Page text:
Gratefully, her lifetime of well adapted this is how you behave ‘round whites instinct kicked in and she quickly recovered but not before giving me a good tongue lashing. Youse knows better’in dat Miss Stetnee. Things is how they is. Youse best leave it ‘lone now! And, turning from me, she threw the dry cloth over her shoulder and flashed me one last clear look of warning, We be done w’ this Miss Stetnee. We be done w’ this. And, so we were.
Things is how they is. Youse best leave it ‘lone now! My family would have said exactly the same thing. Still, since, I’ve winced every time I remember. Just what was she to do with that? In truth, none of us, least of all me, barely nine years old, were equipped to do anything with, simply, yet regrettably, what was. It was more than what we did. It seemed to be who we were.
We never talked about it again. I returned home and, in later summers, would come to see Mini less and less as age and health issues took hold of her. Still, over the years, I’ve often prayed that she knew what was in my heart that day in the kitchen and have often longed to say . . .
Please forgive me, Mini. I just couldn’t watch you walk out to that outhouse anymore. I just couldn’t. Still, I’m sorry I was so unkind to you. I just wanted you to know that I saw you . . . and so felt for you. This was what was in my heart that day. I just didn’t know how to say it. Oh Mini, thank you for your long, faithful, service to my family. Thank you for making the biscuits and for making my bed, for caring for us, even when we did not know how to, best, care for you.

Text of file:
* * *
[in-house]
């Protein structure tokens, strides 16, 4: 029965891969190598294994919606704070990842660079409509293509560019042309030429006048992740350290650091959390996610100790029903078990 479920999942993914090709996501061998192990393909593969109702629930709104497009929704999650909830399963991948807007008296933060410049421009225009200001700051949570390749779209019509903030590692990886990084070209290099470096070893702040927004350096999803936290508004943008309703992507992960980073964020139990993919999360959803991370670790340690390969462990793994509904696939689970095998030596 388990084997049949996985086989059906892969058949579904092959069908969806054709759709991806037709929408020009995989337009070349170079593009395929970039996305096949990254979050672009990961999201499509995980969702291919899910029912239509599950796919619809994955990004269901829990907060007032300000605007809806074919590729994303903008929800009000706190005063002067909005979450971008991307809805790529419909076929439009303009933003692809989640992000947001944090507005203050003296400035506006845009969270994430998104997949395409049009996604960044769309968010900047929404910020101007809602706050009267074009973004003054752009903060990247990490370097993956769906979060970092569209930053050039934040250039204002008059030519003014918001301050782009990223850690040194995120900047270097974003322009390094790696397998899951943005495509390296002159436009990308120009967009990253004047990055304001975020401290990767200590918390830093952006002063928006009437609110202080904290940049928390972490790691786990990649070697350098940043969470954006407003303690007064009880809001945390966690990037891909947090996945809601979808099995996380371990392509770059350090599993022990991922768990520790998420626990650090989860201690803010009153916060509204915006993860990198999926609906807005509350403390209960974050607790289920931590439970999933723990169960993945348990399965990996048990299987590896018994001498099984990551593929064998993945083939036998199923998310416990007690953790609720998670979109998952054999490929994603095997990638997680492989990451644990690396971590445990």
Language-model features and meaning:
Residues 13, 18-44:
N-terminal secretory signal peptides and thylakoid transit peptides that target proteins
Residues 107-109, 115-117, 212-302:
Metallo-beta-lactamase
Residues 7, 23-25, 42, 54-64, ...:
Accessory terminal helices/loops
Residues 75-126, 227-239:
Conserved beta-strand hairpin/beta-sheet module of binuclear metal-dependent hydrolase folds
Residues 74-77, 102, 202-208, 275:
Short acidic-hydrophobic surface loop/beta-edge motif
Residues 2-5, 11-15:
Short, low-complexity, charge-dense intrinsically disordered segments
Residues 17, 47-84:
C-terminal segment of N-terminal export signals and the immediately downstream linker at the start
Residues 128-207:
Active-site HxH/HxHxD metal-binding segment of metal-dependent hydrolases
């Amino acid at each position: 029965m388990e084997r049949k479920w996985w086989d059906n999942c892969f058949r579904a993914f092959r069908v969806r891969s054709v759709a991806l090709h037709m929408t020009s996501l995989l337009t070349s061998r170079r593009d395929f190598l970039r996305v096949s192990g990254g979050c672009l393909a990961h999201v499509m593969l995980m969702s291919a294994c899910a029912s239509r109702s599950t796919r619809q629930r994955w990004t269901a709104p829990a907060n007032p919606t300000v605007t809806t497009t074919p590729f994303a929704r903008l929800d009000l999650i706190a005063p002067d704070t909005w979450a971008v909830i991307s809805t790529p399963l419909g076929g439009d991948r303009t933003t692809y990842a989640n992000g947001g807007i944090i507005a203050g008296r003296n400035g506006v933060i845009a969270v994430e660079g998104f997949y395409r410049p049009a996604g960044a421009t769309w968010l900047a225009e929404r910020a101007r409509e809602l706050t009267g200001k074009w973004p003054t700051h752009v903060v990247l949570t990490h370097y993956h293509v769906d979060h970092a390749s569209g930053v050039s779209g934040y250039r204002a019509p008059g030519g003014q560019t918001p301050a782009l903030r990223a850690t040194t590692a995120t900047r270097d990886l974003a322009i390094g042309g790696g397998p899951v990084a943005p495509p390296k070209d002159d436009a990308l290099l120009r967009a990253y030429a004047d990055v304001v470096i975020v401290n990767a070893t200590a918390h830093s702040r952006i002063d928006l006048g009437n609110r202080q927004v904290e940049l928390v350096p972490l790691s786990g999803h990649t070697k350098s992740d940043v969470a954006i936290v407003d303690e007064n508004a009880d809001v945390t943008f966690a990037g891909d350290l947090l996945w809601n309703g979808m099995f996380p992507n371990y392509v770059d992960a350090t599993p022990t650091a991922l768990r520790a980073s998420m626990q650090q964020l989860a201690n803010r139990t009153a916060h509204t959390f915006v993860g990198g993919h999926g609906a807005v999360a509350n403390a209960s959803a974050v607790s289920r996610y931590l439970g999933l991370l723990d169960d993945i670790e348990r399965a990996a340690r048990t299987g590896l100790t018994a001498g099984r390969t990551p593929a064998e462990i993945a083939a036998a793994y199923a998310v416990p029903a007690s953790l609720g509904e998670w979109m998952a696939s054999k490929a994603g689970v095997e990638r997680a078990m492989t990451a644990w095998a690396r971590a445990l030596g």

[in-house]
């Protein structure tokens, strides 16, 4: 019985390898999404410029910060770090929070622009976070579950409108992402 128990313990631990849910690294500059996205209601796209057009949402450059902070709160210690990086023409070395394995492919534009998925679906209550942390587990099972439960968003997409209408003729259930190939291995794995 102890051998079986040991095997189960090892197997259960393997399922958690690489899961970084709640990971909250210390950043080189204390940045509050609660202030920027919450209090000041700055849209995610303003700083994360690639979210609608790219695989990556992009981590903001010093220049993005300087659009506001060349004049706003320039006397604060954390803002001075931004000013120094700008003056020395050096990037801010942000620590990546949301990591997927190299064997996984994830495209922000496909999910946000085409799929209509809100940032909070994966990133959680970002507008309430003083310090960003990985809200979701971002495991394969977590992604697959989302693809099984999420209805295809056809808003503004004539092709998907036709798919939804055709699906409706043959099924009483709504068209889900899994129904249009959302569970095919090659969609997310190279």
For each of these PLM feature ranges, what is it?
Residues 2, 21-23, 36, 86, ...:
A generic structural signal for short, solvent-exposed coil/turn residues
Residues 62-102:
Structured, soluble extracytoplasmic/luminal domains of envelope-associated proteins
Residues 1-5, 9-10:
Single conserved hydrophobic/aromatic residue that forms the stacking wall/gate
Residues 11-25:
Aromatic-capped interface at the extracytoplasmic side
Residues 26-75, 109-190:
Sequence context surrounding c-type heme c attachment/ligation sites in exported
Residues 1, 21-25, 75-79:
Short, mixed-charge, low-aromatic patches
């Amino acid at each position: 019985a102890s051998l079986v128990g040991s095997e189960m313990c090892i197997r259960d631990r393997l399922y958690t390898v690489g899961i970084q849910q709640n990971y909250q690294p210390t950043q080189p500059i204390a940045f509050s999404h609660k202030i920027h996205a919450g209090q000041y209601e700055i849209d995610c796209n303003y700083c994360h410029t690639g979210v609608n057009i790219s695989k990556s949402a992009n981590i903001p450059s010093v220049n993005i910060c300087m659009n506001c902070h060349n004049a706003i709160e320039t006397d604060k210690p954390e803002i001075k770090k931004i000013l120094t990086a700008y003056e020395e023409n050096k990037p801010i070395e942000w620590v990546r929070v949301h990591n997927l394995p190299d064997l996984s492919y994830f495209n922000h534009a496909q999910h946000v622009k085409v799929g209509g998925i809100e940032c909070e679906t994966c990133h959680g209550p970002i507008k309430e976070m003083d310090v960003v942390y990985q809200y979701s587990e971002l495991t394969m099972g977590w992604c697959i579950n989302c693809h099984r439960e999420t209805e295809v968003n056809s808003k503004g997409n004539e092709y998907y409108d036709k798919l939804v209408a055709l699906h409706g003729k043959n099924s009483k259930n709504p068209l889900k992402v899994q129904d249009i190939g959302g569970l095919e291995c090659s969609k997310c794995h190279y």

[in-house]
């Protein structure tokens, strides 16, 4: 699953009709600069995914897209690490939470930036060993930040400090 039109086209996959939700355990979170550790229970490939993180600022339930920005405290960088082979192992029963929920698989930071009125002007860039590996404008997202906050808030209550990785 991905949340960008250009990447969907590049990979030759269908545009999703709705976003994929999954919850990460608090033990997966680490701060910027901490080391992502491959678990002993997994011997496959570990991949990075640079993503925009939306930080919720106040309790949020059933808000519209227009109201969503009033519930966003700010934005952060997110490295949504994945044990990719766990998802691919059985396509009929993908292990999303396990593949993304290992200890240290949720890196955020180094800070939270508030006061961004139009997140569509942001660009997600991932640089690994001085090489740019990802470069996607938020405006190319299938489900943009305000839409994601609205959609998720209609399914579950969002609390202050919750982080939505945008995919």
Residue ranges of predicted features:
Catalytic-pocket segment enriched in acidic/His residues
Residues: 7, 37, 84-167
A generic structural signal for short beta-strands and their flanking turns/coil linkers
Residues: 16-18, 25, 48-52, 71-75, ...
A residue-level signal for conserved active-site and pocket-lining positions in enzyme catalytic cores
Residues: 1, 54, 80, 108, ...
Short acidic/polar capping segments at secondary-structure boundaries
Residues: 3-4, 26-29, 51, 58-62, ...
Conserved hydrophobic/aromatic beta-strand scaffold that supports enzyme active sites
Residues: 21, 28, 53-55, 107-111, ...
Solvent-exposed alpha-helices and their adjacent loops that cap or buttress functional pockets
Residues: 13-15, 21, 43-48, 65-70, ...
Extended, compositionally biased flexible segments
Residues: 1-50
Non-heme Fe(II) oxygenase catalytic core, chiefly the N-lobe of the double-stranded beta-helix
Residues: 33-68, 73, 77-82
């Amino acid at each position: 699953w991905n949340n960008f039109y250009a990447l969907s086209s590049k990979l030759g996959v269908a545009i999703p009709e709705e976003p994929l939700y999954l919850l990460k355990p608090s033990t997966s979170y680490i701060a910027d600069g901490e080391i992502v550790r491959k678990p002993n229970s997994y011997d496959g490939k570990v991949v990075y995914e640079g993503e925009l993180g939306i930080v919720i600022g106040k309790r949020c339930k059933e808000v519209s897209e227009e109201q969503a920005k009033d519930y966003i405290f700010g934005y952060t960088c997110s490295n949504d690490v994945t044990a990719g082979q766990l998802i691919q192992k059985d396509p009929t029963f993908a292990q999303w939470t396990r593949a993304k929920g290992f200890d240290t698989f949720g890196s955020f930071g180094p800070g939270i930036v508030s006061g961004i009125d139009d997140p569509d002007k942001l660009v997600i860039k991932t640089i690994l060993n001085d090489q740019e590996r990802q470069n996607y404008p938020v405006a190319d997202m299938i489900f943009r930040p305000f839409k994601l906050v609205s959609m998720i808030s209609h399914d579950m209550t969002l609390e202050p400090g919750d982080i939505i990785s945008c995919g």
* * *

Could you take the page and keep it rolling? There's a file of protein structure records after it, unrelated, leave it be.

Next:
And sometimes, through those vapors of memory, I’ve closed my eyes and pictured us again there in the kitchen, her with that dry cloth flung over her shoulder. Yet, this time, I’m a grown woman and we’re simply standing there gazing quietly at one another. And, this time, I’ve imagined us both, at last . . . unburdened and free.
But I couldn’t have known what was yet to come—a final chapter that could, at last, bring us around full circle to, just perhaps, true freedom for Mini . . . and me.